We have known about the possible negative health effects of LFN since astronauts were propelled into space riding on top of a rocket. The effects are considered powerful enough that our military has sponsored over 40 years of research about the feasibility of using LFN as a non-lethal weapon. The exposure to LFN from a wind farm would be at a lower level than that used in the military studies but would be constantly present.
There are hundreds of studies of the effects of LFN on people living near high traffic areas or near large airports; or exposed on the job to large ventilation equipment or to the noise of airplane and helicopter engines. These studies show that long-term exposure to LFN results in many adverse health effects. This has led a number of acoustical engineers to recommend that the siting distance be increased to at least 2 miles and that the increase above the baseline L90 is limited to 5 decibels. When people live too close to a wind turbine, and are exposed to levels of LFN greater than 50 to 60 decibels, they may notice an immediate sensitivity, through the impact on a region of the inner ear. There may be problems with balance, dizziness or vertigo, pain in the chest or abdomen, or an increase in migraine headaches.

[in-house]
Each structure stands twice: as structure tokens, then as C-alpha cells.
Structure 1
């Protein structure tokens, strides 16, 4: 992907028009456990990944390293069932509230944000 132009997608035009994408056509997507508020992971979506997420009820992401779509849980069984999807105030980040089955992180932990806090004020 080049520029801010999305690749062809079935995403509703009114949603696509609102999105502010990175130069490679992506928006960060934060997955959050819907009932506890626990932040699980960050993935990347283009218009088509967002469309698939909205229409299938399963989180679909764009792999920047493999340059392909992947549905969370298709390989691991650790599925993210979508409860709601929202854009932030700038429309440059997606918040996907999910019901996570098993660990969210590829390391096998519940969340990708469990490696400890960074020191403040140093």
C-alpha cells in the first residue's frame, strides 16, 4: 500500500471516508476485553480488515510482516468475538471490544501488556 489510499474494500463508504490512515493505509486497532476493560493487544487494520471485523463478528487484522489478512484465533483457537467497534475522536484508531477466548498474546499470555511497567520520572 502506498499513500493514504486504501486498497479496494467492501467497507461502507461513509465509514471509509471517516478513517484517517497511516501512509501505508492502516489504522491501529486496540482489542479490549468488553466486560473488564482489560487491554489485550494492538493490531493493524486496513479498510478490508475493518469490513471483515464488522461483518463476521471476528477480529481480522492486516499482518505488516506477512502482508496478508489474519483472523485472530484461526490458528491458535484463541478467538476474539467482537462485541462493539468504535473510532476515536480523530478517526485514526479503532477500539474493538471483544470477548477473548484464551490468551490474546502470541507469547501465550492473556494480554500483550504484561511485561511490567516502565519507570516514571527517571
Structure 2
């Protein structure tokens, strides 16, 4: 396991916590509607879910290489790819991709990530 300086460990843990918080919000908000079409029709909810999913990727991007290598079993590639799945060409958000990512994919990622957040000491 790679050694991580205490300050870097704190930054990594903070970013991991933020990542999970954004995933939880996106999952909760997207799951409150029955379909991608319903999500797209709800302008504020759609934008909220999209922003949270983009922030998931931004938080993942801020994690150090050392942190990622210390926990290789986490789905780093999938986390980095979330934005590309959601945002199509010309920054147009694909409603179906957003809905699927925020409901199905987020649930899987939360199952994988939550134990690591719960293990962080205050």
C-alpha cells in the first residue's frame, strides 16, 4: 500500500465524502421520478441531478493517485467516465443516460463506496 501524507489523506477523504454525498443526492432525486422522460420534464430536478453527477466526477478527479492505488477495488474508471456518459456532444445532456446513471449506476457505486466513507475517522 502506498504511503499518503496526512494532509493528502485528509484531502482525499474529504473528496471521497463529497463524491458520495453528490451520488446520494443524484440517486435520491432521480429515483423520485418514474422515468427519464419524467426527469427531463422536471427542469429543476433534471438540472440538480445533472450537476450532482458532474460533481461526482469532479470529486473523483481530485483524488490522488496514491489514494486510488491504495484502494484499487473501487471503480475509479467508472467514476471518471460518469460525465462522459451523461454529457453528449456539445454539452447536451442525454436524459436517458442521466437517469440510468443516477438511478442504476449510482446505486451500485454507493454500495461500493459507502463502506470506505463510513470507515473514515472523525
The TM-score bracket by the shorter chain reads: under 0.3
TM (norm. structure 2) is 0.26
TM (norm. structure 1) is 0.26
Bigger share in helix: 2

Most people will experience sleep disturbance, experiencing an increase in their cortisol level and the normal pattern of secretion will be disturbed. Increased cortisol is the response the body makes to increasing stress. Any disease that has a stress component will be negatively impacted. There is also a fairly immediate reaction in the elderly, with an increased incidence of hypertension or a need to increase anti-hypertension medication. Chronic exposure to high levels over a period of years will impact the cardiovascular system of most people.
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The meeting closed with a short discussion on what local people could do to help make our government agencies more responsive to the health and welfare of its citizens. Discussion focused on asking the readers of the Optic to give their input into drafting of the new San Miguel County Wind Ordinance. At the May 5th County Commissioners meeting, Alex Tafoya of the County Planning and Zoning office, stated that the current draft of the County Wind Ordinance would appear on the County website. There will also be an opportunity for any citizen to comment on the proposed changes in a special meeting that the board of Commissioners will call.
I commented that the current San Miguel County standard for siting commercial wind turbines has two major problems. The first is the absence of a maximum noise level based on some volume above the L90 (quietest nighttime) level, and the second is the absence of any requirement that the noise levels be determined with a C-weighted sound meter If the ordinance could establish “real” guidelines (i.e. maximum sound levels of L90 + 5dB (decibels) and a maximum of 15dB difference between the A-weighted and C-weighted measurements, the county could ensure the safety of the citizens of our community. Such guidelines would also benefit developers, who could choose the right size turbine for any location they think could be economically and sustainably developed.
Readers are welcome to visit http://www.newmexicocare.org/index.html for more information.
Eileen Mulvihill lives in Villanueva